By the way, for a fictional account of this, I have been made aware that a series of novels by Jasper Fforde has mention of bringing Neanderthals back via science, and the subsequent Neanderthal rights movement.

*A minor group of scientists is of the opinion that Neanderthals are merely a sub-species of humans, Homo sapiens neanderthalensis (with us being in the sub-species Homo sapiens sapiens). With a living Neanderthal to examine, their viewpoint might be pushed – for emotional reasons – into popular acceptance, or even be found to be true. This would undermine any efforts to combat speciesism, as it would merely pull Neanderthals into the circle of our species rather than move the circle out to take in another species. To count this, I’d suggest cloning other species of genus Homo, such as our direct ancestors H. erectus or H. heidelbergensis, but the relatively recent demise of the Neanderthals makes gathering the requisite DNA much more feasible, and the similarities between Neanderthals and modern humans are enough to make it more likely that we would end up accepting Neanderthals as persons, if not as fellow human beings.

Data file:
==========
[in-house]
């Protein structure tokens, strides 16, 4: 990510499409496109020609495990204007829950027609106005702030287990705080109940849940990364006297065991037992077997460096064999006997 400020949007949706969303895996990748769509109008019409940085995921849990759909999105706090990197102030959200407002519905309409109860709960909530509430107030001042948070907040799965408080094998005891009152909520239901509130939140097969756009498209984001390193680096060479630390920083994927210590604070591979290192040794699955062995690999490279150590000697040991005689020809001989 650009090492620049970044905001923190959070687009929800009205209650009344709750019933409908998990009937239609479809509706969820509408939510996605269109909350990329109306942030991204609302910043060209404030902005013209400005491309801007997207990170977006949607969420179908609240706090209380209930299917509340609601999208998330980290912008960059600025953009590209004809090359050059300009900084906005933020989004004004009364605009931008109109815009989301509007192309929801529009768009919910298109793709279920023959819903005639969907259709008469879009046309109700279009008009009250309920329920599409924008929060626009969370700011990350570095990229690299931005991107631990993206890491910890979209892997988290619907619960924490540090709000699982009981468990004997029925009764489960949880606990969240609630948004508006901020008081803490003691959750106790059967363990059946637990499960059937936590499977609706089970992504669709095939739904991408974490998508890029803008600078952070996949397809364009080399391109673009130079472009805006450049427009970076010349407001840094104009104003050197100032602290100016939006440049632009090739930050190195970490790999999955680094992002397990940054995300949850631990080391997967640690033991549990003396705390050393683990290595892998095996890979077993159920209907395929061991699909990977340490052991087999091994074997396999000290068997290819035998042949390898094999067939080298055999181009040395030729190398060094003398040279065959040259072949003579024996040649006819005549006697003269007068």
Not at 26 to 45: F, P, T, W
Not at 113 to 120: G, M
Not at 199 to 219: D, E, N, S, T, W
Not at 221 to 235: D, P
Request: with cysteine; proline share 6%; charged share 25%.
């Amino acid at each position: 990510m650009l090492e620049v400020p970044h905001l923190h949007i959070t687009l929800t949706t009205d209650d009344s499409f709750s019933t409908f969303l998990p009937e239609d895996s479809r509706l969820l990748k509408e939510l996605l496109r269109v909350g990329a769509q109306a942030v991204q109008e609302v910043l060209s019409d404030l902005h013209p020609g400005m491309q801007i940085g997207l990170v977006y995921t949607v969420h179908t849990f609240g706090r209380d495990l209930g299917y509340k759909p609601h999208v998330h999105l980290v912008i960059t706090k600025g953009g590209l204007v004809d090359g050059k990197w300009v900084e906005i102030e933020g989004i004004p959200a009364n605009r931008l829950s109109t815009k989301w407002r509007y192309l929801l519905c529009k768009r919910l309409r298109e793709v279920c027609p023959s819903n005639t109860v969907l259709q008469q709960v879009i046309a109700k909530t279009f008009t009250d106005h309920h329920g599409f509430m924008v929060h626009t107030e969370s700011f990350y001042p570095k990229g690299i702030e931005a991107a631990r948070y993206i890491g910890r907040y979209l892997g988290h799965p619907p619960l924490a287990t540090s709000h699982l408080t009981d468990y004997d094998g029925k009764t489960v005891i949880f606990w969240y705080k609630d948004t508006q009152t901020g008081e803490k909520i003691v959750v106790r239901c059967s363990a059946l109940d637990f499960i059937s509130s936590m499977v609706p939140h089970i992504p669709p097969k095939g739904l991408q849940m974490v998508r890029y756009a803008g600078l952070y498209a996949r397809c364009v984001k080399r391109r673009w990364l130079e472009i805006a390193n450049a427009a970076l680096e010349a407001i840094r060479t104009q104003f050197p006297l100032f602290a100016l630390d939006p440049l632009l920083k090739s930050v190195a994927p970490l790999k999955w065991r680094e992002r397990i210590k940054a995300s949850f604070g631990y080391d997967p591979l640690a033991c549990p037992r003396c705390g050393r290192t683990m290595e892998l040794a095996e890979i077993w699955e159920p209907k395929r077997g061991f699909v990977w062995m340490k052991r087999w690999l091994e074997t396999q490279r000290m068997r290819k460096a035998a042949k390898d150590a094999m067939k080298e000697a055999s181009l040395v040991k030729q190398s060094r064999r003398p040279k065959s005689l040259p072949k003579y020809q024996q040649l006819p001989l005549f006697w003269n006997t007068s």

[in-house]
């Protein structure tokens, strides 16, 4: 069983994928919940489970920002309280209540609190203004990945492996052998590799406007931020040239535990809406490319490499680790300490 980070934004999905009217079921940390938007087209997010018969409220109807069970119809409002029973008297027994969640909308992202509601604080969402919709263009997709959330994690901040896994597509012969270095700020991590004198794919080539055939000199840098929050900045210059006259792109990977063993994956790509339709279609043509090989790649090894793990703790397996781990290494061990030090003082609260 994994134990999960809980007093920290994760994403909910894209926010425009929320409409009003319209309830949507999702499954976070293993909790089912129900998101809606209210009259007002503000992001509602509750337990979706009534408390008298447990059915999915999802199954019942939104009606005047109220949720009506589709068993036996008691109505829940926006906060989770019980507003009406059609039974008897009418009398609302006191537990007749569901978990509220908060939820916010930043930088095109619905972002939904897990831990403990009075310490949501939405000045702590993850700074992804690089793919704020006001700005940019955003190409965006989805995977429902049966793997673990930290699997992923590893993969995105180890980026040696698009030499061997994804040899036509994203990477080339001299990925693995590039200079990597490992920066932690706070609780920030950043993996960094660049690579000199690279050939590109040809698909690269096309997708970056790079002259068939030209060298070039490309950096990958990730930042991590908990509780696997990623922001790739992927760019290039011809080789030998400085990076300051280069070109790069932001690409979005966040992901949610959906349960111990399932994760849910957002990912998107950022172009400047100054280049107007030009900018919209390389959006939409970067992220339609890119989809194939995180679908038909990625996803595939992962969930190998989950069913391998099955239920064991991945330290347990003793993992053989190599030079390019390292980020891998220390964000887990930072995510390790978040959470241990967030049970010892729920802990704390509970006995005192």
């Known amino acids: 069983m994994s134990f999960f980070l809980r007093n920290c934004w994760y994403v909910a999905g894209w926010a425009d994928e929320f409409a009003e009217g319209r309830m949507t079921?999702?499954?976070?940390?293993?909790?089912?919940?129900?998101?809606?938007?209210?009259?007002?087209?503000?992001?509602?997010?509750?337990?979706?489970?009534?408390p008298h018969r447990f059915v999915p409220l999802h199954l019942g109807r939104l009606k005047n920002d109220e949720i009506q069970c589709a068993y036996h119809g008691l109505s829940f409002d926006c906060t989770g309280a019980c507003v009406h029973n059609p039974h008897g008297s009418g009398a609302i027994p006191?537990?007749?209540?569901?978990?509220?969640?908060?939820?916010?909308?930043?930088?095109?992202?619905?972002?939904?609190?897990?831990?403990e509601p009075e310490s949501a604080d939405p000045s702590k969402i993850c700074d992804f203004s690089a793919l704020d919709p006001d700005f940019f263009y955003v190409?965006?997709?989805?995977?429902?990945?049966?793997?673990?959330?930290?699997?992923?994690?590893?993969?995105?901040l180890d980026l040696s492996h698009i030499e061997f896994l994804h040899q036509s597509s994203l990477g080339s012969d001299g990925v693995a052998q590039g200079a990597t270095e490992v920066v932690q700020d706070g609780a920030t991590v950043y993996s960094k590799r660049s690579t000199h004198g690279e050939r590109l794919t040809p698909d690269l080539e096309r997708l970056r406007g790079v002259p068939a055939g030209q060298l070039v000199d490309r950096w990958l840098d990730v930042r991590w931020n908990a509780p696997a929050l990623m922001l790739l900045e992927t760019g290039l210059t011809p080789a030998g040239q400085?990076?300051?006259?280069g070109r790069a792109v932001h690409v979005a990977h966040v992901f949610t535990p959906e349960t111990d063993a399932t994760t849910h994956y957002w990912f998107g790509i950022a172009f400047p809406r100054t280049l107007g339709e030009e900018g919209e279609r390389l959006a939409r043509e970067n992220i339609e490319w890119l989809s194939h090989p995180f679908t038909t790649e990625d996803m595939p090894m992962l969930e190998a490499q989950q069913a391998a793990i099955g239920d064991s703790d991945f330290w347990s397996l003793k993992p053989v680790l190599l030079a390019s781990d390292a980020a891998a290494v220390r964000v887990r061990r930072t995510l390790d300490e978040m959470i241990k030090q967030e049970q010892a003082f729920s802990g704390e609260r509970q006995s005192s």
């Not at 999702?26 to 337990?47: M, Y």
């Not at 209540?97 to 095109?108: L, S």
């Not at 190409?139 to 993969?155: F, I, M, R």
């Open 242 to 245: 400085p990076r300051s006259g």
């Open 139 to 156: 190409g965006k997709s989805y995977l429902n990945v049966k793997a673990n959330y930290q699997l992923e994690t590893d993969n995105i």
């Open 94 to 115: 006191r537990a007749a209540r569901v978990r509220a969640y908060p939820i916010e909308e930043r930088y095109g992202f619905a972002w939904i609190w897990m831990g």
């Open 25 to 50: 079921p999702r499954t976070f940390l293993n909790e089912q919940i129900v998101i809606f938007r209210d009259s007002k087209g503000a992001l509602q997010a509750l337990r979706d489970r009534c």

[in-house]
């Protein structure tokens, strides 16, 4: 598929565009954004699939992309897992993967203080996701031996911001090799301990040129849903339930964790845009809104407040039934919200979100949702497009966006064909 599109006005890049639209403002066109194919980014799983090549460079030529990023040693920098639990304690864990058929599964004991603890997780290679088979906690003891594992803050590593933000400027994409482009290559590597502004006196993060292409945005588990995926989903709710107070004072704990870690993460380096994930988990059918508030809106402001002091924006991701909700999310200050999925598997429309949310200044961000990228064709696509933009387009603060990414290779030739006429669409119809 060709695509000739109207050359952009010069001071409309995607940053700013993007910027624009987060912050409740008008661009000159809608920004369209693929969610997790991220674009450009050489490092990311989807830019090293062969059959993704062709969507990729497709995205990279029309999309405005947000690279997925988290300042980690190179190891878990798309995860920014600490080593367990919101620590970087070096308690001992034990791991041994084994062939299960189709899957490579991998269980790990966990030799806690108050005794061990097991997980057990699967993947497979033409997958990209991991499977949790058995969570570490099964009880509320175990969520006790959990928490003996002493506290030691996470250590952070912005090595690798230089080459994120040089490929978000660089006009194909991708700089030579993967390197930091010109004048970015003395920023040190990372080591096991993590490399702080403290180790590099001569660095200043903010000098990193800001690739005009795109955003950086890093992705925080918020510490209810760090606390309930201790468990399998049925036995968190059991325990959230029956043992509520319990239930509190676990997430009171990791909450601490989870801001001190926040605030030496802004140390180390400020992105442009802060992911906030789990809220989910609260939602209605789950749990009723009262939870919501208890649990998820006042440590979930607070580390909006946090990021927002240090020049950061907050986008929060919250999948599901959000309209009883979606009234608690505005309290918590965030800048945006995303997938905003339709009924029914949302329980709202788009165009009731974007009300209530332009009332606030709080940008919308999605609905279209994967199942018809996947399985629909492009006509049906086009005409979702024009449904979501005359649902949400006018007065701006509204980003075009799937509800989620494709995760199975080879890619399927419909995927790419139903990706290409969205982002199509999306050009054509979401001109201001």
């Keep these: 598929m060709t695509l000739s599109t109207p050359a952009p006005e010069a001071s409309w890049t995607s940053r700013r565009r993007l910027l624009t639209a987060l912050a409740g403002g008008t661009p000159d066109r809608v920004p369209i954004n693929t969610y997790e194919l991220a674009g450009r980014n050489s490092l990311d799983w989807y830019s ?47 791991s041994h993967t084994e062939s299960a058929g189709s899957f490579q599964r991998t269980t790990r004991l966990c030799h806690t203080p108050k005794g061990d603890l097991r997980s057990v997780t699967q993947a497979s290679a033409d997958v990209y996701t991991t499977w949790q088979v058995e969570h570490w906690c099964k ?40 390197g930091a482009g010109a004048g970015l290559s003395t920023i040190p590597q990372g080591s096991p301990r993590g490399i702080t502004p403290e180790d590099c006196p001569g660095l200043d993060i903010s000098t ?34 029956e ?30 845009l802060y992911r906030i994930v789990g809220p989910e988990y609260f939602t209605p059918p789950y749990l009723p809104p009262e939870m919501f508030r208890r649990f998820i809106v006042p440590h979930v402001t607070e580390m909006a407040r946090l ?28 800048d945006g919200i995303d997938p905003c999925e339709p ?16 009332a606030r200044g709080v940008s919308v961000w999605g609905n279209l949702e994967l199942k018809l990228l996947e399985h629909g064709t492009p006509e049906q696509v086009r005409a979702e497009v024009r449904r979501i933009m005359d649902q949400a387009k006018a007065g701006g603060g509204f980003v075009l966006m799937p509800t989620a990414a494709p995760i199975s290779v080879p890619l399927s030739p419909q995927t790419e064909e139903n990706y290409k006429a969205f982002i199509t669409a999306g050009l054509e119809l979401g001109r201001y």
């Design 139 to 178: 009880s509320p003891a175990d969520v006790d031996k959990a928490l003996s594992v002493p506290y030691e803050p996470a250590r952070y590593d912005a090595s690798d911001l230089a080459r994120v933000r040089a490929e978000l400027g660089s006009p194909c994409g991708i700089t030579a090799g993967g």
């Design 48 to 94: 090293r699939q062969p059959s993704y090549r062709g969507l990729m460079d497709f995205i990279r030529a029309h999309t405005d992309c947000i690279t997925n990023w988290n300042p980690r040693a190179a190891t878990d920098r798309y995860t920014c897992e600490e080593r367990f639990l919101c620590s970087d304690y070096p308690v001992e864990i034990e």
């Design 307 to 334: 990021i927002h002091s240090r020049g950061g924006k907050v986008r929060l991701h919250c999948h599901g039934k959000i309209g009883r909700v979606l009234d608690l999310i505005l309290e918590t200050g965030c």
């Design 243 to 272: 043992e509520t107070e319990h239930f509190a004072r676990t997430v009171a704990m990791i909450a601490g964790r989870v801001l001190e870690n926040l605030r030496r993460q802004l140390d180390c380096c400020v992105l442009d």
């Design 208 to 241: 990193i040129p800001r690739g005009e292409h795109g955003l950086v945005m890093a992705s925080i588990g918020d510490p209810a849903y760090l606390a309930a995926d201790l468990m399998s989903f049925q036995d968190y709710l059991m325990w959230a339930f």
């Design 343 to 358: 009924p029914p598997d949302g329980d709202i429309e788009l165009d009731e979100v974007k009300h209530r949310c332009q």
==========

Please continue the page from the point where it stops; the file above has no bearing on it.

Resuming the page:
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We’re in the game!

Thursday, 18 September, 2008

Australia is now in the human cloning business. Therapeutic cloning, that is. Researchers working with Sydney IVF have received this country’s first license to clone human embryos. Sure, they could go to prison if they let the embryos pass the blastocyst stage, but it’s progress nonetheless.

As a comparison, Britain allowed the first group to create human clones in 2004, and in the US private companies have always been allowed to create human clones for therapeutic purposes, and did so first in 2001. So we’re a little way behind, but one never knows where the breakthroughs will occur.

Oi oi oi, Aussie Aussie Aussie!

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Mitotic cell growth is not organismal cloning

Friday, 20 June, 2008